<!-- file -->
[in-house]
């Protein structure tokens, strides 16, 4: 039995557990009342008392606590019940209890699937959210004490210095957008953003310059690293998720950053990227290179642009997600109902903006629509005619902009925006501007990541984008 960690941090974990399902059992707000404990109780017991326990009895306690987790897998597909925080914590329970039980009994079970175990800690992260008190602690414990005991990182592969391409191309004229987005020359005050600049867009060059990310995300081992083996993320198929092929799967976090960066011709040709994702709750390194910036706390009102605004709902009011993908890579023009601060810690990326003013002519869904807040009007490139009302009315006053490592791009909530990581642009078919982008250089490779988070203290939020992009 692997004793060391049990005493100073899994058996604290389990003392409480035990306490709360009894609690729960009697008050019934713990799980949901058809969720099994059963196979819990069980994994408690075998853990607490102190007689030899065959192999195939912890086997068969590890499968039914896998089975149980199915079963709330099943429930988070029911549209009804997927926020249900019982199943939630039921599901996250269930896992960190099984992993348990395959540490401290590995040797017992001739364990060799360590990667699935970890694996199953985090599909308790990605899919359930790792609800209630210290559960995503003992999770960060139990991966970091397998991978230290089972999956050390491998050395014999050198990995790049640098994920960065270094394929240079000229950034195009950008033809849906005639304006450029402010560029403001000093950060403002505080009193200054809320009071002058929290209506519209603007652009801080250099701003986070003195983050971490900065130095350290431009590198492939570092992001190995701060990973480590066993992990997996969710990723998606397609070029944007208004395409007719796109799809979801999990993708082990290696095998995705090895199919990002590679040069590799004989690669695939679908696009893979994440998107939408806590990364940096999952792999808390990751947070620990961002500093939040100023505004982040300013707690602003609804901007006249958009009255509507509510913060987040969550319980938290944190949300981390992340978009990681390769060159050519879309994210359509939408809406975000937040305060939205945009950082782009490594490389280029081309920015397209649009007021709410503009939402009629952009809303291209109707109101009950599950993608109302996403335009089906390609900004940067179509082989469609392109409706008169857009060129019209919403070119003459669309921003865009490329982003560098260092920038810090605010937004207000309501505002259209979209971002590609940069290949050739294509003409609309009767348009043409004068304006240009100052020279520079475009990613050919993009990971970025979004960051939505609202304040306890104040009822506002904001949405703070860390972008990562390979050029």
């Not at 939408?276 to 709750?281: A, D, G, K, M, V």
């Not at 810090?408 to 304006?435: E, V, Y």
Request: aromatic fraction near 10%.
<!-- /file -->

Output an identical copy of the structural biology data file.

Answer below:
[in-house]
């Protein structure tokens, strides 16, 4: 039995557990009342008392606590019940209890699937959210004490210095957008953003310059690293998720950053990227290179642009997600109902903006629509005619902009925006501007990541984008 960690941090974990399902059992707000404990109780017991326990009895306690987790897998597909925080914590329970039980009994079970175990800690992260008190602690414990005991990182592969391409191309004229987005020359005050600049867009060059990310995300081992083996993320198929092929799967976090960066011709040709994702709750390194910036706390009102605004709902009011993908890579023009601060810690990326003013002519869904807040009007490139009302009315006053490592791009909530990581642009078919982008250089490779988070203290939020992009 692997004793060391049990005493100073899994058996604290389990003392409480035990306490709360009894609690729960009697008050019934713990799980949901058809969720099994059963196979819990069980994994408690075998853990607490102190007689030899065959192999195939912890086997068969590890499968039914896998089975149980199915079963709330099943429930988070029911549209009804997927926020249900019982199943939630039921599901996250269930896992960190099984992993348990395959540490401290590995040797017992001739364990060799360590990667699935970890694996199953985090599909308790990605899919359930790792609800209630210290559960995503003992999770960060139990991966970091397998991978230290089972999956050390491998050395014999050198990995790049640098994920960065270094394929240079000229950034195009950008033809849906005639304006450029402010560029403001000093950060403002505080009193200054809320009071002058929290209506519209603007652009801080250099701003986070003195983050971490900065130095350290431009590198492939570092992001190995701060990973480590066993992990997996969710990723998606397609070029944007208004395409007719796109799809979801999990993708082990290696095998995705090895199919990002590679040069590799004989690669695939679908696009893979994440998107939408806590990364940096999952792999808390990751947070620990961002500093939040100023505004982040300013707690602003609804901007006249958009009255509507509510913060987040969550319980938290944190949300981390992340978009990681390769060159050519879309994210359509939408809406975000937040305060939205945009950082782009490594490389280029081309920015397209649009007021709410503009939402009629952009809303291209109707109101009950599950993608109302996403335009089906390609900004940067179509082989469609392109409706008169857009060129019209919403070119003459669309921003865009490329982003560098260092920038810090605010937004207000309501505002259209979209971002590609940069290949050739294509003409609309009767348009043409004068304006240009100052020279520079475009990613050919993009990971970025979004960051939505609202304040306890104040009822506002904001949405703070860390972008990562390979050029």
């Not at 939408?276 to 709750?281: A, D, G, K, M, V």
């Not at 810090?408 to 304006?435: E, V, Y």
Request: aromatic fraction near 10%.